By Innocent Anaba
Nigeria joined the rest of the world to celebrate the International Human Rights Day last week. Many civil society groups and non governmental organisations held meetings and events to commemorate the day. At all the events, the conclusions were the same, that the Federal Government urgently needs to do more for Nigerians to enjoy basic rights, citizens of more developed societies enjoy.
In Abuja, the Nigerian Bar Association, NBA, held its “President 1st Round table on the Review of the State of Human Rights in Nigeria.”
The event attracted legal practitioners, human rights activists and government functionaries.
NBA President, Mr Joseph Daudu, SAN, who spoke, particularly on President Goodluck Jonathan, human rights record, said “reference to the administration of President Jonathan must be seen in the context of a continuum, commencing all the way from the administration of President Olusegun Obasanjo, leading to that of the late Umaru Yar’Adua to that of the incumbent. I see the policies as the same, incapable of being differentiated from one another.
Secondly, the true test of leadership is supervision and a process for feedback. The administration lacks both of these measures.”
Speaking further he said, “since it is generally agreed from the basic definition of human rights that its objective is to guarantee human dignity and progress in life, it follows then that those rights in chapter IV cannot and indeed are not the only rights that the citizens are entitled to. Chapter 2 which deals with fundamental objectives and directive principles of State policy contains in mandatory language rights and expectations from the State to which the Nigerian citizens are entitled to and which ought to be enforceable in a court of law.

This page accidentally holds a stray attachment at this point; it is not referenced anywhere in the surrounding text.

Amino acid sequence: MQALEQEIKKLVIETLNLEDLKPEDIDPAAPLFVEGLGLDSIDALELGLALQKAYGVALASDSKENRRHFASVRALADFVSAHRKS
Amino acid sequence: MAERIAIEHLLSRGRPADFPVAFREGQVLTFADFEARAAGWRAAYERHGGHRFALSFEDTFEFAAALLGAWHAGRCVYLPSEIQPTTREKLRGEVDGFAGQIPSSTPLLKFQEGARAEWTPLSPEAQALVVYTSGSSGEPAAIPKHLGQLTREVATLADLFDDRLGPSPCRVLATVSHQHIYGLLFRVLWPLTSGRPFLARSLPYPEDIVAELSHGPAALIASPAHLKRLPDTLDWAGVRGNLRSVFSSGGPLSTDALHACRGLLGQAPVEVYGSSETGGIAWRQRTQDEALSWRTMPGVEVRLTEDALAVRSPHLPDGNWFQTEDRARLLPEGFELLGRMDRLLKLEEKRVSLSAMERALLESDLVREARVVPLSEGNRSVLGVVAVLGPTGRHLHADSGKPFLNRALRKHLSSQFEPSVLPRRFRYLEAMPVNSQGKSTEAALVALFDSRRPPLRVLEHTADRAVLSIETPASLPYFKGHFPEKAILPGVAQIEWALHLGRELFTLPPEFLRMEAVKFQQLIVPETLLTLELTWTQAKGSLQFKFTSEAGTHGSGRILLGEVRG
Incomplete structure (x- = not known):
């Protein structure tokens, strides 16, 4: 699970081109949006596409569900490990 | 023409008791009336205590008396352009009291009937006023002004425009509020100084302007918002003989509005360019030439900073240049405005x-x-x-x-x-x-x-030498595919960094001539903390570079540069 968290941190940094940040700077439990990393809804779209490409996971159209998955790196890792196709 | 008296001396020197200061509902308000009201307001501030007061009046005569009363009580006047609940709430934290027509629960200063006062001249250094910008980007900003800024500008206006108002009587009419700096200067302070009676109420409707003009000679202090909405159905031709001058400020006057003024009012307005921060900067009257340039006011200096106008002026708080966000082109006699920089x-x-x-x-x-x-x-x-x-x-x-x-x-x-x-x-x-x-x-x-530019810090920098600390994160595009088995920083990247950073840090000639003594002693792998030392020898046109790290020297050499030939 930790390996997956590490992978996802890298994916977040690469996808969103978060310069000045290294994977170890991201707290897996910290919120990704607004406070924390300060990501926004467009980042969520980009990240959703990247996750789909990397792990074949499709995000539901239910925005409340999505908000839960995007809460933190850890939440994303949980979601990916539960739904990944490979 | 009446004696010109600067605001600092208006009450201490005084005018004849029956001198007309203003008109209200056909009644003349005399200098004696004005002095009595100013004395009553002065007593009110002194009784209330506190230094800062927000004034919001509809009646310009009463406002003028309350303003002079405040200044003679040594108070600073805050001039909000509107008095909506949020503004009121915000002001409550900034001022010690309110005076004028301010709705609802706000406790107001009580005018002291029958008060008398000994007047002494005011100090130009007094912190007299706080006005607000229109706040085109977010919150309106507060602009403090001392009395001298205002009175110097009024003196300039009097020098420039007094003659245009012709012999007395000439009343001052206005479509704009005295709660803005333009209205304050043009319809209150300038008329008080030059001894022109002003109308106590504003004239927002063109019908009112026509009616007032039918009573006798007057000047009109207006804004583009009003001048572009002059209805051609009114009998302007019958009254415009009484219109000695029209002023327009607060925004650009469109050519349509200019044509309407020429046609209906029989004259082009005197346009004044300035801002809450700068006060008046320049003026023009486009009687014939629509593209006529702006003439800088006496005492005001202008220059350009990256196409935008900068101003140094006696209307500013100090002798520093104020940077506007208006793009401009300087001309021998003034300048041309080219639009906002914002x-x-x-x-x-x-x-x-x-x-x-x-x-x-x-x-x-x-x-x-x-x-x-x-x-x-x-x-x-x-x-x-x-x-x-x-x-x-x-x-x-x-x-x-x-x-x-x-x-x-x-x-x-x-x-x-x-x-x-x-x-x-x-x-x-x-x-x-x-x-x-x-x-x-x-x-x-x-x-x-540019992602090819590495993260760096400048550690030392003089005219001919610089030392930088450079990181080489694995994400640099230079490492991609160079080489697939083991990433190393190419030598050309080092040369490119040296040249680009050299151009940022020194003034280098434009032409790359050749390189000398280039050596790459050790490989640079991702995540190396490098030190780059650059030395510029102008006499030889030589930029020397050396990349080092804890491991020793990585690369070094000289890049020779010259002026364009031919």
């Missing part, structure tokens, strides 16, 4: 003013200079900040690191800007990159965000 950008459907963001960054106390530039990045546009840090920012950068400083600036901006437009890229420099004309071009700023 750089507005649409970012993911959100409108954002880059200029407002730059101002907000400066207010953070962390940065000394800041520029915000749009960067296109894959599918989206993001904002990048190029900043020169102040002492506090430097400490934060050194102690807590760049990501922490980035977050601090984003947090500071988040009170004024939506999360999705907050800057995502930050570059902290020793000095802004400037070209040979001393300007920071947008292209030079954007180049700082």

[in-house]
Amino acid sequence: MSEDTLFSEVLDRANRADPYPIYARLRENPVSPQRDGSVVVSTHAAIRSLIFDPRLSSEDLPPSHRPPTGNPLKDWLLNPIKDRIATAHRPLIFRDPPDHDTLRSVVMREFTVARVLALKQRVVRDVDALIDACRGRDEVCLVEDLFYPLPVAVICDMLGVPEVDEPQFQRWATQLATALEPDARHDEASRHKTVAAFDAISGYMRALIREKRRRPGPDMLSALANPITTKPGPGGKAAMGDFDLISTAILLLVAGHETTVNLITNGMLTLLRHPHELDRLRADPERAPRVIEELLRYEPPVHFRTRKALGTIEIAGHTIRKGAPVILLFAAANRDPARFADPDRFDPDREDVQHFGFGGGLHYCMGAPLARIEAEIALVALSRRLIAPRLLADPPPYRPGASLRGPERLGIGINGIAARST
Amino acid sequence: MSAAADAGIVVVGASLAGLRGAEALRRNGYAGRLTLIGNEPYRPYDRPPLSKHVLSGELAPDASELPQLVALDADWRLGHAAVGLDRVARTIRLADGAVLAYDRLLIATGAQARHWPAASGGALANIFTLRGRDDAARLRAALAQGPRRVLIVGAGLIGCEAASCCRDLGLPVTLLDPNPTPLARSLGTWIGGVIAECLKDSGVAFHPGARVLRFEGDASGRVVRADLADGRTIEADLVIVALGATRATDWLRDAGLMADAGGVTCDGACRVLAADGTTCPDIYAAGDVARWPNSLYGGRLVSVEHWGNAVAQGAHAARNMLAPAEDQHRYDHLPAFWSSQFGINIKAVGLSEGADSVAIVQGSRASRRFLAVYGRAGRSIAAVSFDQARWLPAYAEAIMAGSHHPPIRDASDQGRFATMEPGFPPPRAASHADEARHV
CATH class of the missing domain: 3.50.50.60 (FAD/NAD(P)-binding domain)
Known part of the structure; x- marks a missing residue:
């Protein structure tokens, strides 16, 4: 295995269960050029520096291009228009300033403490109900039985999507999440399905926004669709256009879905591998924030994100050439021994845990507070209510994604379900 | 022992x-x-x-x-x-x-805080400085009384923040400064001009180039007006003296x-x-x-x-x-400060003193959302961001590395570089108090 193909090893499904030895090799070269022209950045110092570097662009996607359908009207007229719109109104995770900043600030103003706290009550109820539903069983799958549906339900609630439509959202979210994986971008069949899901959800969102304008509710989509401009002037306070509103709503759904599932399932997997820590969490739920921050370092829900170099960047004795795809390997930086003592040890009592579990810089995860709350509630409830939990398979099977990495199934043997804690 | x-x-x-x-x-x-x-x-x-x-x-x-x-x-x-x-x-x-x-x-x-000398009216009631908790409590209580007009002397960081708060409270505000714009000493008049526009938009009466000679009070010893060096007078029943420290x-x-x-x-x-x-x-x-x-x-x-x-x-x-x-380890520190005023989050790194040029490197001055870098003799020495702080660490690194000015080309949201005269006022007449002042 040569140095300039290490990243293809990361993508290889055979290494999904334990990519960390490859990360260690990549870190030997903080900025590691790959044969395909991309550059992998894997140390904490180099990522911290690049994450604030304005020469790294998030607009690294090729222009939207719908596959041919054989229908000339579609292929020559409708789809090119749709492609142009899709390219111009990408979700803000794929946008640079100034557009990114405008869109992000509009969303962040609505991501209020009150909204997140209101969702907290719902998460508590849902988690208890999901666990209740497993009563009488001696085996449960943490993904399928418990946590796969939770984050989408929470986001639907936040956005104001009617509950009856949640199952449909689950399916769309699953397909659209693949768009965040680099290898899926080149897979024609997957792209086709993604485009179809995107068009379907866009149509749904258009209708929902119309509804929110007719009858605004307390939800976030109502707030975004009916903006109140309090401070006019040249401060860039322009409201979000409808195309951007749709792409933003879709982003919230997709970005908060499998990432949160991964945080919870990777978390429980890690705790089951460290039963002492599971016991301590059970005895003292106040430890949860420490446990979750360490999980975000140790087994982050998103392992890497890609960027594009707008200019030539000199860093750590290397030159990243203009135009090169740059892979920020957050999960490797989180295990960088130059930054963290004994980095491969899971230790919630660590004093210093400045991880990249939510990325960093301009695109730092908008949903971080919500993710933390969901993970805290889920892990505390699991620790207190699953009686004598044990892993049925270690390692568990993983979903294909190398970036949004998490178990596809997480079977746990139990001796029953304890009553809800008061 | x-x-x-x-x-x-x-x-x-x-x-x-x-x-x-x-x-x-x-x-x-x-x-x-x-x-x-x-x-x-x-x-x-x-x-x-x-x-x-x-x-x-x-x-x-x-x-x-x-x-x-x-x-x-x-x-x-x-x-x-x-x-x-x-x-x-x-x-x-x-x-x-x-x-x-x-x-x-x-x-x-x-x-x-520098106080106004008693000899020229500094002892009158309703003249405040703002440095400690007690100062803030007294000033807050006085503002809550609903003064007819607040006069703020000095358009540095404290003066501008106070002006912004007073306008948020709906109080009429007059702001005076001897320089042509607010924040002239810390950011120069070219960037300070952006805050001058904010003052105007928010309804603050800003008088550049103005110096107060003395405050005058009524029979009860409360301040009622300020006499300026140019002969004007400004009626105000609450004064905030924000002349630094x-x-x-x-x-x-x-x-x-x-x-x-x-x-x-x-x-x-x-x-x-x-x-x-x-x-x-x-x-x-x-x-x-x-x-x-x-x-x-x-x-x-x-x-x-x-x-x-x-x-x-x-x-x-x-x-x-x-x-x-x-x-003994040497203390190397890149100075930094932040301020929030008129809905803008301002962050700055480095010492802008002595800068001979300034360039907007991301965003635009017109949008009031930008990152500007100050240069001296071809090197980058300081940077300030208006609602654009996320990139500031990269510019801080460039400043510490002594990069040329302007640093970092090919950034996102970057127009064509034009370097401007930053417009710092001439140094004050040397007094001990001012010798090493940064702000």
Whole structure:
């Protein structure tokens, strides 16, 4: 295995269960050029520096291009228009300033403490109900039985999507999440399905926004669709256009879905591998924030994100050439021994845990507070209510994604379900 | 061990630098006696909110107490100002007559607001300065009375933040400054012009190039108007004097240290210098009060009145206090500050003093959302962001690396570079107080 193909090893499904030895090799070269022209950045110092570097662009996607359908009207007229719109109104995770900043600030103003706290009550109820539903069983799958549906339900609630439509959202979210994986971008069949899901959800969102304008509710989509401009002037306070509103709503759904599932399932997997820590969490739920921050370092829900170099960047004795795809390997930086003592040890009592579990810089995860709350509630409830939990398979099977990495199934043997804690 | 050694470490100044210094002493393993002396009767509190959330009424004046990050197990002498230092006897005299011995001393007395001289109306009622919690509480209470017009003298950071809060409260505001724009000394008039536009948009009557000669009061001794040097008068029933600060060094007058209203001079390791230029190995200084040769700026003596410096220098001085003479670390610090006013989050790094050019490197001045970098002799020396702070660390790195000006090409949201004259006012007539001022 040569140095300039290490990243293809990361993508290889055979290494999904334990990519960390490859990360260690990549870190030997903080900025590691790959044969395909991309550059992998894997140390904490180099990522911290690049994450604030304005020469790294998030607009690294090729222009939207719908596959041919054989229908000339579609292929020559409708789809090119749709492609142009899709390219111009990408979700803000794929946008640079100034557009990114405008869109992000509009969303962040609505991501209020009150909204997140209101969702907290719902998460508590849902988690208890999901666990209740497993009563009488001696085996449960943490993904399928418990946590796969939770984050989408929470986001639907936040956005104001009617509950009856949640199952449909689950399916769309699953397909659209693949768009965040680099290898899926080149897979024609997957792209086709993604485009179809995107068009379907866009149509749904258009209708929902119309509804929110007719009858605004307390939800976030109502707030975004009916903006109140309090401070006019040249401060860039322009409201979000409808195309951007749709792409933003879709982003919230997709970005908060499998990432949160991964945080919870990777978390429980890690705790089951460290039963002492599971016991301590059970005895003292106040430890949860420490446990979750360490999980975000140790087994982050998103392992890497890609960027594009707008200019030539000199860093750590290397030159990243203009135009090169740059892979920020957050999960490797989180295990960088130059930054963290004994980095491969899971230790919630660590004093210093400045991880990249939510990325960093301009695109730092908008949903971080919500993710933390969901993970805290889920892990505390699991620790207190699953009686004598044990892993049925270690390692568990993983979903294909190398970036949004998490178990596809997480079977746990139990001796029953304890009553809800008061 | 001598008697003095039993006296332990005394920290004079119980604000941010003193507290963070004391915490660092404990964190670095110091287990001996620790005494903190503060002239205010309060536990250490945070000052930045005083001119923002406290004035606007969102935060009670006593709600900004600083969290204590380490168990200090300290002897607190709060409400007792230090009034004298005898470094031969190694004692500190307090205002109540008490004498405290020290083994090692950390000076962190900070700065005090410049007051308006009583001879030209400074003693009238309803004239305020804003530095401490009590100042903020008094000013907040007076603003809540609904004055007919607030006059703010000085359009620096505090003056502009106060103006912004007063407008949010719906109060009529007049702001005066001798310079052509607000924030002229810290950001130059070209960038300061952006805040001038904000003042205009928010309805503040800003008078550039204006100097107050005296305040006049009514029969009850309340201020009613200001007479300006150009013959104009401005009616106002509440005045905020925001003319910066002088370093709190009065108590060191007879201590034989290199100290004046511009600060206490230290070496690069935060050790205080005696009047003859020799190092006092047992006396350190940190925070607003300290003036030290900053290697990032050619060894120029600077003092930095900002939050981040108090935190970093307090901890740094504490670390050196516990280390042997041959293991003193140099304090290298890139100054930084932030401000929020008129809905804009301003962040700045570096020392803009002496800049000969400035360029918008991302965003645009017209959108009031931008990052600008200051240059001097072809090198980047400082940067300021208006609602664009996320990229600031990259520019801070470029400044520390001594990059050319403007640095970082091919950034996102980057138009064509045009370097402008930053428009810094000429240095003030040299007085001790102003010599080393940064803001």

“But these rights and duties are not enforceable according to section 6_(c) of the 1999 Constitution, which provides thus: that judicial powers vested in the Courts ‘shall not except as otherwise provided by this Constitution, extend to any issue or question as to whether any act of omission by any authority or person or as to whether any law or any judicial decision is in conformity with the Fundamental Objectives and Directive Principles of State Policy set out in Chapter II of this Constitution.
This provision viewed legally is lacking value and technically useless. What in my humble view it seeks to foreclose is a determination by the Courts as to whether the act or omission of any person or authority is in conformity with the provisions of chapter 2 of the Constitution.